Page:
FHIR engines roll out for COVID-19
The quick response from the health IT sector in Australia and New Zealand to the coronavirus pandemic has been pretty impressive, with software vendors rolling out COVID-19-specific applications at a rate of knots if our technology resources page page is anything to go by.
Vendors are either tailoring new functionality to help with the crisis or in some cases waiving fees to ensure the technology is used when it's needed. An example is online appointment booking service Healthsite, which has very quickly managed to roll out a complete telehealth solution, in association with Tasmanian telehealth provider GP2U, that is integrated with Healthsite's booking system. HealthEngine also provides a similar service and both allow practices to offer private billing as well as bulk billed consultations.
There's been a lot of activity in the telehealth sector as GPs and specialists wait for the Australian government to announce the full details of its stage 4, whole of population plan for MBS-funded telehealth, which was promised earlier this week. NZ's GPs have also been told to go virtual first, and with the whole country in lockdown now, there is pretty much no other option.
Technology has never really been a barrier to telehealth provision, with the main stumbling block being funding. Often overlooked, though, is workflow, and that has never been in sharper relief than during this pandemic. As hospitals brace for an influx of desperately ill people, the frontline defence remains general practice, which is struggling with a lack of consistent guidelines, a lack of protective equipment, limitations on how and who to test, and unfamiliarity with juggling remote and face-to-face consults.
Images of GPs swabbing patients in car parks are all too real and this has spurred on a group of local digital health experts, all part of the FHIR standard development community, to get together to build a solution to a pressing problem: how to ensure patients don't come into the waiting room if they are an infection risk, and how to streamline the workflow involved in a telehealth consult.
The team, which includes FHIR notables Grahame Grieve, Brett Esler, Brian Postlethwaite, Shovan Roy and Vadim Peretokin, have put their combined expertise into building an open source solution called Clinic Arrivals, which uses a mixture of easy-to-use technologies like SMS and online video that can also – miraculously, thanks to FHIR – be integrated with practice management systems.
The solution means that when a patient makes a telehealth appointment, they are sent an SMS with instructions and a video link. Another SMS is sent just before the appointment. The link is also copied into the PMS so the doctor can click on it and away they go. The video technology is open source and free, and does not require a sign-up or anyone to download an app.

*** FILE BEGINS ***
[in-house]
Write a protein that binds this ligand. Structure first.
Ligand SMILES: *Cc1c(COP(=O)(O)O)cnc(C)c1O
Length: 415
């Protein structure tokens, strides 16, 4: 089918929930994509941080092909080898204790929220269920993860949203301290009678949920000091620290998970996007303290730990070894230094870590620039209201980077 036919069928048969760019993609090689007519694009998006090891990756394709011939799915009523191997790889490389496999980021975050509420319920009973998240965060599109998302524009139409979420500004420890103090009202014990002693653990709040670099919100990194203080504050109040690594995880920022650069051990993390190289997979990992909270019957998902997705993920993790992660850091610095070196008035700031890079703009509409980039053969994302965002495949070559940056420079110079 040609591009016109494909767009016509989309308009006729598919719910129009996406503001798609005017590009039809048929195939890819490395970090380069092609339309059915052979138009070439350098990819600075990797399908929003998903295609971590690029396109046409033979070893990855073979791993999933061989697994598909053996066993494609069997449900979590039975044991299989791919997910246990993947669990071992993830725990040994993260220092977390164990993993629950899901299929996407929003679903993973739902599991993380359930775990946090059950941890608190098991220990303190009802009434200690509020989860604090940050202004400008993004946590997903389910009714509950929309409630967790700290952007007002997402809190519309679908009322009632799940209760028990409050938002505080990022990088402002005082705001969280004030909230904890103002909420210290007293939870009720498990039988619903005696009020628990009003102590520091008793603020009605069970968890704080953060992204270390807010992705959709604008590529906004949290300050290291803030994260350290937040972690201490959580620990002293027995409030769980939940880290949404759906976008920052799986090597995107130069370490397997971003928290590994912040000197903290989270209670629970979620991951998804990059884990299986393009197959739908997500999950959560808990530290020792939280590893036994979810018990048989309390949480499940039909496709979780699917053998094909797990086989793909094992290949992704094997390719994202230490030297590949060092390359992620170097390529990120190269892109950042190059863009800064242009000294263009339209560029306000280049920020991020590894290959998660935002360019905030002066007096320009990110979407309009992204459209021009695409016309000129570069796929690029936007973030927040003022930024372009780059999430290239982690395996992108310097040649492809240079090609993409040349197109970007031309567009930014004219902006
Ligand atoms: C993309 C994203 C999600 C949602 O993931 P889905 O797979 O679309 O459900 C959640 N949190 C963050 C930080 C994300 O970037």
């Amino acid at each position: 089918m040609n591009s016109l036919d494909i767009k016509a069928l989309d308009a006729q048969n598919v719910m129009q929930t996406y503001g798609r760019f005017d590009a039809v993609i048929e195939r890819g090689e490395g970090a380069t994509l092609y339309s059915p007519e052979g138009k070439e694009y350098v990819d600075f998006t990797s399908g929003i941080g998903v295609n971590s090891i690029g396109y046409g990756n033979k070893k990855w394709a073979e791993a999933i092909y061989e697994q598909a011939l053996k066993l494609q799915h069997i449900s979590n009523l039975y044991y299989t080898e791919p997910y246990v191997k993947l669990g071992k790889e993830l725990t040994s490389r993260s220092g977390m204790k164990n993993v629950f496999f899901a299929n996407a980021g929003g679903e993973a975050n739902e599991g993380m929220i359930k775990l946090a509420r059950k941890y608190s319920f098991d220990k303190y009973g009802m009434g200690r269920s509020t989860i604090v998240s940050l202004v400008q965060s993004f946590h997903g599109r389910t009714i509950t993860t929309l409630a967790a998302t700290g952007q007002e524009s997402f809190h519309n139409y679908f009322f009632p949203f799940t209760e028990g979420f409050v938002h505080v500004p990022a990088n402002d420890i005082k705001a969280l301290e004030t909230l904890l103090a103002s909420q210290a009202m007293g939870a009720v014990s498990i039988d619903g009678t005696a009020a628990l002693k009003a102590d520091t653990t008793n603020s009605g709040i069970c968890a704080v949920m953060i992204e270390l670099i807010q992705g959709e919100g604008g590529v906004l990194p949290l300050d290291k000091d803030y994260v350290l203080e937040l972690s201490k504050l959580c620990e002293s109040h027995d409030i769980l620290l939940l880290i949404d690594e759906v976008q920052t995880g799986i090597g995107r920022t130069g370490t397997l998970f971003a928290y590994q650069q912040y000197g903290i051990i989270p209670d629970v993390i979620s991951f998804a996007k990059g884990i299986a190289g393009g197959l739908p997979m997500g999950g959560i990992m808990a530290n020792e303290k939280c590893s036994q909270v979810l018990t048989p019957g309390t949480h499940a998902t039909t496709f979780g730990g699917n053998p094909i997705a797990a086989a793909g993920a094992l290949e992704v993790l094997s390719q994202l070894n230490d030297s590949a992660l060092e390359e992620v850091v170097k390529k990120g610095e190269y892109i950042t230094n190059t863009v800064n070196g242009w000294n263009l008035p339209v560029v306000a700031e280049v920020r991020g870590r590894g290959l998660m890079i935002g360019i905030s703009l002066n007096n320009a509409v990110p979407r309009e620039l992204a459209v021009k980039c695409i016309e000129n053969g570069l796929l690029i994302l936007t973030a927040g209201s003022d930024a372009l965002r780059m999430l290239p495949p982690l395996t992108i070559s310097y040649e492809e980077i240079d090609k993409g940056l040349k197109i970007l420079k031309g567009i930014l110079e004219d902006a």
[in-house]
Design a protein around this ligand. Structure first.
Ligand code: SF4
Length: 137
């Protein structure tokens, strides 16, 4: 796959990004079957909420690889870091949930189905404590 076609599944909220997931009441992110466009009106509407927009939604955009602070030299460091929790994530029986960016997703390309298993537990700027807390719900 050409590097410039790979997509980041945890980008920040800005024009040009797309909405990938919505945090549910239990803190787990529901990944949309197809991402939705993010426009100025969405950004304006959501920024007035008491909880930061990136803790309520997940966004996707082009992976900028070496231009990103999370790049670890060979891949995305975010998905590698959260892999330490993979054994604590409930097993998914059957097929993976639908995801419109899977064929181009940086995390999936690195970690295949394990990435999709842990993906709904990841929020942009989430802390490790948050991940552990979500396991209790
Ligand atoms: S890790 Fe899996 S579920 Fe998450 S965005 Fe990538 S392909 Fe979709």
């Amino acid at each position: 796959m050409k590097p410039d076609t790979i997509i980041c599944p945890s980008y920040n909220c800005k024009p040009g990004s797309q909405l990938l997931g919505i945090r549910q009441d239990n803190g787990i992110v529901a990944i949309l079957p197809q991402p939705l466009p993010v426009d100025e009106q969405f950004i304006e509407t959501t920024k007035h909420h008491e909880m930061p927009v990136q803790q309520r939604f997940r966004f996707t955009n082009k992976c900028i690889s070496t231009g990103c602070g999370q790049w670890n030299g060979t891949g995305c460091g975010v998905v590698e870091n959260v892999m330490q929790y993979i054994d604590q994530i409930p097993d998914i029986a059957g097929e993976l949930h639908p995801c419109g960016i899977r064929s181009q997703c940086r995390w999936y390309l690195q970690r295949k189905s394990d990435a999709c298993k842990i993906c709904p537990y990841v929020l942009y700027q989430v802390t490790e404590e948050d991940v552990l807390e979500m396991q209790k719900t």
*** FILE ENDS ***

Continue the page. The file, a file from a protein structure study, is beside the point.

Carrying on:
If a high-risk patient books a face-to-face consult, a message is sent to them by SMS advising them to tell the practice when they have arrived, and to wait in their car. The practice can then send a message telling them whether to go to the waiting room or to stay in the car and the doctor or nurse will come to them. The SMS technology being used allows the practice to easily customise the message to suit their needs.
The technology sounds exactly what practices need right now, and the remarkable thing is that it has been developed pretty much in the last fortnight, following a visit by Grahame Grieve to a couple of practices run by Melbourne GPs and noted eHealth enthusiasts Mukesh Haikerwal and Nathan Pinskier. Photos of Dr Haikerwal swabbing a patient in his car park have become a defining image of this pandemic.
The FHIR team has built the technology and has made it available, and is now thinking about the business aspects, in a reverse of the norm. But that's what FHIR, and this pandemic, can do. We'll have the full story on Monday.
In the meantime, we liked this story from Victoria, where the Department of Health and Human Services has rolled out some consumer-grade technology for its contact tracing team to keep an eye on people in home quarantine who have been in close contact with someone who has developed COVID-19. This – dare we say it – agile approach is to be applauded.
As we wait for the details of the new MBS telehealth promise to emerge on Monday, it is timely that our poll question last week asked: Should governments relax restrictions on telehealth even further? We are preaching to the converted here but the result was pretty emphatic: 96 per cent said yes, just four per cent said no.
Our poll question for this week is: Has the pandemic changed the way you use technology?